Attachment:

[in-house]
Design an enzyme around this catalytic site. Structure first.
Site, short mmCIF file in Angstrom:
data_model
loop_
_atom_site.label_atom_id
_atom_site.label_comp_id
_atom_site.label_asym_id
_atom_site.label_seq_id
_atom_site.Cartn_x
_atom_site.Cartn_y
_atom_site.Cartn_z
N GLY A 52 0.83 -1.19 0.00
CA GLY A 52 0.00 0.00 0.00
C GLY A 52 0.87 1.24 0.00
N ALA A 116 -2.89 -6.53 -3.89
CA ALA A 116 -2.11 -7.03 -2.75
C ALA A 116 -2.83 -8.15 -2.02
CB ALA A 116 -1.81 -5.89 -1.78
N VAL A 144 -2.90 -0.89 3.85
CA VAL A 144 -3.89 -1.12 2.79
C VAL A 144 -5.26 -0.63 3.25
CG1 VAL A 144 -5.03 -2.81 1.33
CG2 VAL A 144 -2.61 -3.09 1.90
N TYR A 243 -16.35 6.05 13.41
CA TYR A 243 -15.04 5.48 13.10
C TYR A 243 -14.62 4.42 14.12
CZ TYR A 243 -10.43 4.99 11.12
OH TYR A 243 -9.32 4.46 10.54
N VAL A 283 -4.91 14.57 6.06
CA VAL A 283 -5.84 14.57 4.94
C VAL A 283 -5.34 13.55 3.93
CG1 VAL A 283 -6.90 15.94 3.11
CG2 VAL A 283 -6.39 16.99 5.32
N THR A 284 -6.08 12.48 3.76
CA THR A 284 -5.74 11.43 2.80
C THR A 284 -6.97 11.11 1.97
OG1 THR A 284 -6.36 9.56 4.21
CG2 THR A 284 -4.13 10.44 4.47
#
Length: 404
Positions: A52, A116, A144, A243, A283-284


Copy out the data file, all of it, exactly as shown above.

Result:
[in-house]
Design an enzyme around this catalytic site. Structure first.
Site, short mmCIF file in Angstrom:
data_model
loop_
_atom_site.label_atom_id
_atom_site.label_comp_id
_atom_site.label_asym_id
_atom_site.label_seq_id
_atom_site.Cartn_x
_atom_site.Cartn_y
_atom_site.Cartn_z
N GLY A 52 0.83 -1.19 0.00
CA GLY A 52 0.00 0.00 0.00
C GLY A 52 0.87 1.24 0.00
N ALA A 116 -2.89 -6.53 -3.89
CA ALA A 116 -2.11 -7.03 -2.75
C ALA A 116 -2.83 -8.15 -2.02
CB ALA A 116 -1.81 -5.89 -1.78
N VAL A 144 -2.90 -0.89 3.85
CA VAL A 144 -3.89 -1.12 2.79
C VAL A 144 -5.26 -0.63 3.25
CG1 VAL A 144 -5.03 -2.81 1.33
CG2 VAL A 144 -2.61 -3.09 1.90
N TYR A 243 -16.35 6.05 13.41
CA TYR A 243 -15.04 5.48 13.10
C TYR A 243 -14.62 4.42 14.12
CZ TYR A 243 -10.43 4.99 11.12
OH TYR A 243 -9.32 4.46 10.54
N VAL A 283 -4.91 14.57 6.06
CA VAL A 283 -5.84 14.57 4.94
C VAL A 283 -5.34 13.55 3.93
CG1 VAL A 283 -6.90 15.94 3.11
CG2 VAL A 283 -6.39 16.99 5.32
N THR A 284 -6.08 12.48 3.76
CA THR A 284 -5.74 11.43 2.80
C THR A 284 -6.97 11.11 1.97
OG1 THR A 284 -6.36 9.56 4.21
CG2 THR A 284 -4.13 10.44 4.47
#
Length: 404
Positions: A52, A116, A144, A243, A283-284